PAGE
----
Home Prices Rise as Inventory Shortages Continue
Simonforstock / Adobestock
For the fourth time, the median existing-home sales price climbed above $400,000, according to the National Association of Realtors (NAR); in July, it reached $406,700, a 1.9% year-over-year increase. Across the country, prices rose in the Northeast, Midwest, and South but remained stable in the West. According to Lawrence Yun, chief economist for the NAR, most homeowners are benefiting from the price increases, as their wealth continues to grow. “However,” he added, “many renters are concerned as they’re facing growing affordability challenges because of high interest rates.”
Two Market Factors Slowing Home Sales
Prices might have been on the rise in July, but overall existing-home sales were down. Month-over-month sales increased in the West but fell in the Northeast, Midwest, and South, while all four sales regions posted year-over-year sales declines. The two factors that are driving home sales—inventory availability and mortgage rates—have been unfavorable to buyers, according to Yun. Mortgage rates have been on the rise, with the 30-year fixed-rate mortgage rate hitting above 7%, compared with just 5% a year ago. “Retreating mortgage rates will bring more buyers and sellers to the market and get Americans moving again,” said Yun.
The other factor impacting sales figures—housing inventory—saw a slight month-over-month improvement. The total housing inventory at the end of July increased 3.7% from June to 1.11 million units. However, this was down 14.6% from a year earlier. At the current sales pace, this level of inventory would supply the market for 3.3 months, up from 3.1 months in June and 3.2 months in July 2022. Inventory was also moving quickly. The average property remained on the market for 20 days in July, according to the REALTORS Confidence Index; this was up from 18 days a month ago and 14 days a year ago. Of all the homes sold in July, 74% were on the market for less than 30 days.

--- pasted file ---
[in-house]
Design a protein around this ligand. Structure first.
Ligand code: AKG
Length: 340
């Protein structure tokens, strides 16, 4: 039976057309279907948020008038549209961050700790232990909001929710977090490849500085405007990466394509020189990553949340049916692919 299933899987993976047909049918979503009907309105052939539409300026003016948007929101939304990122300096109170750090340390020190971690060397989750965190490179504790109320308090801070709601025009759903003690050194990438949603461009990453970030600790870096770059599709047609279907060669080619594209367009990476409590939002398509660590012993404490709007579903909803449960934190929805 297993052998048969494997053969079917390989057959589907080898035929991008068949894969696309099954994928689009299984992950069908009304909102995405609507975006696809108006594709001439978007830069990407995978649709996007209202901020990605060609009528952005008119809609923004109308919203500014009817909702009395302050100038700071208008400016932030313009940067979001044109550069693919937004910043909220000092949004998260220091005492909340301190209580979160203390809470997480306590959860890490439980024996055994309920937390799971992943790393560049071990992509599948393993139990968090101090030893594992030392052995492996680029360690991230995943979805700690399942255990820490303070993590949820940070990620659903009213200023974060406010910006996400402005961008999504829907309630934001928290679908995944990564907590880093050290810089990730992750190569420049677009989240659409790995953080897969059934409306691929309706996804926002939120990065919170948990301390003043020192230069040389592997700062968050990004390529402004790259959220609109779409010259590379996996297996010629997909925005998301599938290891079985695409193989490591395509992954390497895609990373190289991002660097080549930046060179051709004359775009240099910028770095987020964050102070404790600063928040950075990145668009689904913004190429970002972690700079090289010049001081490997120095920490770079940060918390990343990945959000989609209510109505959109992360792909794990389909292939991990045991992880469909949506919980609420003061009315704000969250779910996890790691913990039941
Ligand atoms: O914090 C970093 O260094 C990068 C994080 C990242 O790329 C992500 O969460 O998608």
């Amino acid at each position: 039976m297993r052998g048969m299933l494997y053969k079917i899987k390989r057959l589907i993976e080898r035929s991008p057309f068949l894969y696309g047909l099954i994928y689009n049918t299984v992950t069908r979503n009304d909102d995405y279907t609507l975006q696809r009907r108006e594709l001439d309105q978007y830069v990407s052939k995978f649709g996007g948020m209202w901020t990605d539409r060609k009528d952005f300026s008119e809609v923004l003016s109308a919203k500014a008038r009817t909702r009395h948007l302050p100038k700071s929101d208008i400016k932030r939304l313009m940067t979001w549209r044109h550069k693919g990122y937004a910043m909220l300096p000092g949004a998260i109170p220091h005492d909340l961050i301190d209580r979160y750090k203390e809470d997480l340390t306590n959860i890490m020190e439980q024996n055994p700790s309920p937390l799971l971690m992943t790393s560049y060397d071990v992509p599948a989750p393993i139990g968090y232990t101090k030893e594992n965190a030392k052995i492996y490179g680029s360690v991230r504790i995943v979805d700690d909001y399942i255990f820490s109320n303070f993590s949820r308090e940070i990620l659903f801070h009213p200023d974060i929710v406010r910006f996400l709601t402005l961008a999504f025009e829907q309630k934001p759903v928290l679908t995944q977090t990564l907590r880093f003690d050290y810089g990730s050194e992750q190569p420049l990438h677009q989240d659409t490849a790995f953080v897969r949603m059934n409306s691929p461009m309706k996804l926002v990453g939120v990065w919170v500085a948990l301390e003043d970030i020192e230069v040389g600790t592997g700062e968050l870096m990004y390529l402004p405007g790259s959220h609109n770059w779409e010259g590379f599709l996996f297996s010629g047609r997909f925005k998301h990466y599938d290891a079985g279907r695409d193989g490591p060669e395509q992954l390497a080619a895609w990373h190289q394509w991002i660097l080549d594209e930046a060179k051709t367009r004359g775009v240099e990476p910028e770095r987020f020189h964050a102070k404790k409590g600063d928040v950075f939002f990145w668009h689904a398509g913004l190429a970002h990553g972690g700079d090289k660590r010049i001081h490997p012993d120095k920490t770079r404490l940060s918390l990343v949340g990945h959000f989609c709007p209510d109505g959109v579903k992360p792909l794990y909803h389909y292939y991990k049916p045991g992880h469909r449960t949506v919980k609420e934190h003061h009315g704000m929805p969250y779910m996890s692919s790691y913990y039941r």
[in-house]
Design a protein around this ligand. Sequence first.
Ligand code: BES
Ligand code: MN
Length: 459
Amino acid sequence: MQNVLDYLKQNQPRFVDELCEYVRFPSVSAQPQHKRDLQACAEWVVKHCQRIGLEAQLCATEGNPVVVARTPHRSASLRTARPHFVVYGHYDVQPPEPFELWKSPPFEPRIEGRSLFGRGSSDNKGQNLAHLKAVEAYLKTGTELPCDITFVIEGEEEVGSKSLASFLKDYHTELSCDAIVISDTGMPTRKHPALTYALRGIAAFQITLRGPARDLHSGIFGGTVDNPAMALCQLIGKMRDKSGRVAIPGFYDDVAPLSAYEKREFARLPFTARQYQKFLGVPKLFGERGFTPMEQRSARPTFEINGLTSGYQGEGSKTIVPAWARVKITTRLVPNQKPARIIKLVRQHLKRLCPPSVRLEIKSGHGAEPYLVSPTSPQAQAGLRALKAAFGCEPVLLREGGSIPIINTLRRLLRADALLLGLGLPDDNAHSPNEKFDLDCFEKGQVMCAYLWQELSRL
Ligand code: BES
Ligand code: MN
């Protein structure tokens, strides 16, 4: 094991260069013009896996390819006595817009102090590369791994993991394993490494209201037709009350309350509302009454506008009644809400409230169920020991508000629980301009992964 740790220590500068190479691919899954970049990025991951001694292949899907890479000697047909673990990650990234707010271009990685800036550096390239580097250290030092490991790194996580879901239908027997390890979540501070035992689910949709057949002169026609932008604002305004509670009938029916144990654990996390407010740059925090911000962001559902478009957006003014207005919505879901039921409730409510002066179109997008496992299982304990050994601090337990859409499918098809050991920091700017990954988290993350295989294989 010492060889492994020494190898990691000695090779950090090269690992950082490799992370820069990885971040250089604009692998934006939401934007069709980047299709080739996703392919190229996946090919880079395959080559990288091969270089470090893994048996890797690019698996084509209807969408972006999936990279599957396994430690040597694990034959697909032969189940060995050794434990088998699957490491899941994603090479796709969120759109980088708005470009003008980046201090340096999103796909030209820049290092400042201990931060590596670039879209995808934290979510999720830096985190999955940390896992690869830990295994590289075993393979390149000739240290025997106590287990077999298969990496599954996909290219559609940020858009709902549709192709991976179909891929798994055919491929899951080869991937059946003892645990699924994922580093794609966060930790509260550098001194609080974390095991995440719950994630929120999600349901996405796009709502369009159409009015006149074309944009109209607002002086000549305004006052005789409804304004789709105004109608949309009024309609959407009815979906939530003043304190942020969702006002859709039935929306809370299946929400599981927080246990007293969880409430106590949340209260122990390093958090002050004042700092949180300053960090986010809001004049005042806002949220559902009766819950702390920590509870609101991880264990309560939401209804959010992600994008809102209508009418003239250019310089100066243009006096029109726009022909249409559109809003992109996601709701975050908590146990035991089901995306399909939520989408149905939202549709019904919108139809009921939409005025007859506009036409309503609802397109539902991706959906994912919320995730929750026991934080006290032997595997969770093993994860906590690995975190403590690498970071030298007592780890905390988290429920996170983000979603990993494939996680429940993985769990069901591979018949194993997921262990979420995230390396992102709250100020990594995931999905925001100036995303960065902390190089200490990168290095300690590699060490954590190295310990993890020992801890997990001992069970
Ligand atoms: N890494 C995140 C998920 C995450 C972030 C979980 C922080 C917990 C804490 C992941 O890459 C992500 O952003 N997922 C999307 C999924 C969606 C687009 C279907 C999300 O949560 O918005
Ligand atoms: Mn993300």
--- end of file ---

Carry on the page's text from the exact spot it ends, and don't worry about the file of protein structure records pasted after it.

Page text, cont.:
First-Time Buyers Reaches 30%
More first-time buyers are finding their way into the market; this group of buyers accounted for 30% of all purchases in July, up from 27% in June and 29% in July 2022. According to the NAR “2022 Profile of Home Buyers and Sellers,” the annual share of first-time buyers was 26%, the lowest on record. All-cash sales, meanwhile, accounted for 26% of all sales in July, unchanged from a month earlier and up from 24% from a year earlier. Individual investors and second-home buyers—two groups who tend to pay in cash—were responsible for 16% of all purchases in July, down from 18% a month ago but up from 14% a year ago. At 1%, distressed sales in July were stable both month over month and year over year.
Regional Sales Breakdown
Northeast: Existing-home sales rate of 480,000; down 5.9% from June 2023 and 23.8% from July 2022. Median sales price: 467,500, up 5.5% from July 2022.
Midwest: Existing-home sales rate of 960,000; down 3% from June 2023 and 20% from July 2022. Median sales price: $304,600, up 3.9% from July 2022.
South: Existing-home sales rate of 1.86 million; down 2.6% from June 2023 and 14.3% from July 2022. Median sales price: $366,200, up 1.7% from July 2022.
West: Existing-home sales rate of 770,000; up 2.7% from June 2023 but a decrease of 12.5% from July 2022. Median sales price: $610,500, unchanged from July 2022.